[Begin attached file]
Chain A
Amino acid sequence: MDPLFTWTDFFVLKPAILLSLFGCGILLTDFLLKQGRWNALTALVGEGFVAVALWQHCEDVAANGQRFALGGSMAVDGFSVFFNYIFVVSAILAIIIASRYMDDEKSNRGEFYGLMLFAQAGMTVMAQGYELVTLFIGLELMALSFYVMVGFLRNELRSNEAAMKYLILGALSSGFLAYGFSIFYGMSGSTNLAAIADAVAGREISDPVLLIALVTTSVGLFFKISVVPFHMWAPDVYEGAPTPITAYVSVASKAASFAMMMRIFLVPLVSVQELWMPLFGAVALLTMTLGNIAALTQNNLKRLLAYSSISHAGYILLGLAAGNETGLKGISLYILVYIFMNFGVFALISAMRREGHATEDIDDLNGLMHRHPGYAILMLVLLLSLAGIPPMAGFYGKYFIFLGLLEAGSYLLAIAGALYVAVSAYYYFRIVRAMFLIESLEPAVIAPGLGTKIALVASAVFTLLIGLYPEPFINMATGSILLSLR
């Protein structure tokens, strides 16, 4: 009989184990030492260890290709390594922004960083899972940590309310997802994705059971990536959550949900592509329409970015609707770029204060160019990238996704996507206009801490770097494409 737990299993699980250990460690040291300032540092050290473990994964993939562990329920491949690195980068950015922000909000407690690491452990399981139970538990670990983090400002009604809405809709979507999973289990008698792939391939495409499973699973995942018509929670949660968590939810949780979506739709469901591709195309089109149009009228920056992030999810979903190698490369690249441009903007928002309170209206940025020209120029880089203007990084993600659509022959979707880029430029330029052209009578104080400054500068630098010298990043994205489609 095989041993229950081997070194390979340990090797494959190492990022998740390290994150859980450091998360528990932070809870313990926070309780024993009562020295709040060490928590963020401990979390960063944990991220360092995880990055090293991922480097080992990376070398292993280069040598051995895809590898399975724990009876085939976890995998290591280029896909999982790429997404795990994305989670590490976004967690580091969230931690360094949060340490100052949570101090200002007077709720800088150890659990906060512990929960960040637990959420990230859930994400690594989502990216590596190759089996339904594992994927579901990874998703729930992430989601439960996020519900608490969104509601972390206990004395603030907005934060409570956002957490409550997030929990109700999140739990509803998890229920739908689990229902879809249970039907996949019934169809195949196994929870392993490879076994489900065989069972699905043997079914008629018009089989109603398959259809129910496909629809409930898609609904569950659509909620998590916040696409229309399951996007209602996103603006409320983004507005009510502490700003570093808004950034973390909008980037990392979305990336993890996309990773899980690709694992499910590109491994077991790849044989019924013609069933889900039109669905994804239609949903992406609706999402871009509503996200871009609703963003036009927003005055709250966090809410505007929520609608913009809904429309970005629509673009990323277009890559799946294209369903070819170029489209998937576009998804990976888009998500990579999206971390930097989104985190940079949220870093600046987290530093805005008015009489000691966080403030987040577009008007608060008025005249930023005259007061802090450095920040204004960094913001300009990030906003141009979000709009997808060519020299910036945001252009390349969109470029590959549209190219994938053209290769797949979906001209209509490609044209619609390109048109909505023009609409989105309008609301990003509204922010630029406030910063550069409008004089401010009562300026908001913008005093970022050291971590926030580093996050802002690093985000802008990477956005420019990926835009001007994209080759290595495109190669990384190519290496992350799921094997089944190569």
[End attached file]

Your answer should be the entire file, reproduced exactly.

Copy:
Chain A
Amino acid sequence: MDPLFTWTDFFVLKPAILLSLFGCGILLTDFLLKQGRWNALTALVGEGFVAVALWQHCEDVAANGQRFALGGSMAVDGFSVFFNYIFVVSAILAIIIASRYMDDEKSNRGEFYGLMLFAQAGMTVMAQGYELVTLFIGLELMALSFYVMVGFLRNELRSNEAAMKYLILGALSSGFLAYGFSIFYGMSGSTNLAAIADAVAGREISDPVLLIALVTTSVGLFFKISVVPFHMWAPDVYEGAPTPITAYVSVASKAASFAMMMRIFLVPLVSVQELWMPLFGAVALLTMTLGNIAALTQNNLKRLLAYSSISHAGYILLGLAAGNETGLKGISLYILVYIFMNFGVFALISAMRREGHATEDIDDLNGLMHRHPGYAILMLVLLLSLAGIPPMAGFYGKYFIFLGLLEAGSYLLAIAGALYVAVSAYYYFRIVRAMFLIESLEPAVIAPGLGTKIALVASAVFTLLIGLYPEPFINMATGSILLSLR
């Protein structure tokens, strides 16, 4: 009989184990030492260890290709390594922004960083899972940590309310997802994705059971990536959550949900592509329409970015609707770029204060160019990238996704996507206009801490770097494409 737990299993699980250990460690040291300032540092050290473990994964993939562990329920491949690195980068950015922000909000407690690491452990399981139970538990670990983090400002009604809405809709979507999973289990008698792939391939495409499973699973995942018509929670949660968590939810949780979506739709469901591709195309089109149009009228920056992030999810979903190698490369690249441009903007928002309170209206940025020209120029880089203007990084993600659509022959979707880029430029330029052209009578104080400054500068630098010298990043994205489609 095989041993229950081997070194390979340990090797494959190492990022998740390290994150859980450091998360528990932070809870313990926070309780024993009562020295709040060490928590963020401990979390960063944990991220360092995880990055090293991922480097080992990376070398292993280069040598051995895809590898399975724990009876085939976890995998290591280029896909999982790429997404795990994305989670590490976004967690580091969230931690360094949060340490100052949570101090200002007077709720800088150890659990906060512990929960960040637990959420990230859930994400690594989502990216590596190759089996339904594992994927579901990874998703729930992430989601439960996020519900608490969104509601972390206990004395603030907005934060409570956002957490409550997030929990109700999140739990509803998890229920739908689990229902879809249970039907996949019934169809195949196994929870392993490879076994489900065989069972699905043997079914008629018009089989109603398959259809129910496909629809409930898609609904569950659509909620998590916040696409229309399951996007209602996103603006409320983004507005009510502490700003570093808004950034973390909008980037990392979305990336993890996309990773899980690709694992499910590109491994077991790849044989019924013609069933889900039109669905994804239609949903992406609706999402871009509503996200871009609703963003036009927003005055709250966090809410505007929520609608913009809904429309970005629509673009990323277009890559799946294209369903070819170029489209998937576009998804990976888009998500990579999206971390930097989104985190940079949220870093600046987290530093805005008015009489000691966080403030987040577009008007608060008025005249930023005259007061802090450095920040204004960094913001300009990030906003141009979000709009997808060519020299910036945001252009390349969109470029590959549209190219994938053209290769797949979906001209209509490609044209619609390109048109909505023009609409989105309008609301990003509204922010630029406030910063550069409008004089401010009562300026908001913008005093970022050291971590926030580093996050802002690093985000802008990477956005420019990926835009001007994209080759290595495109190669990384190519290496992350799921094997089944190569």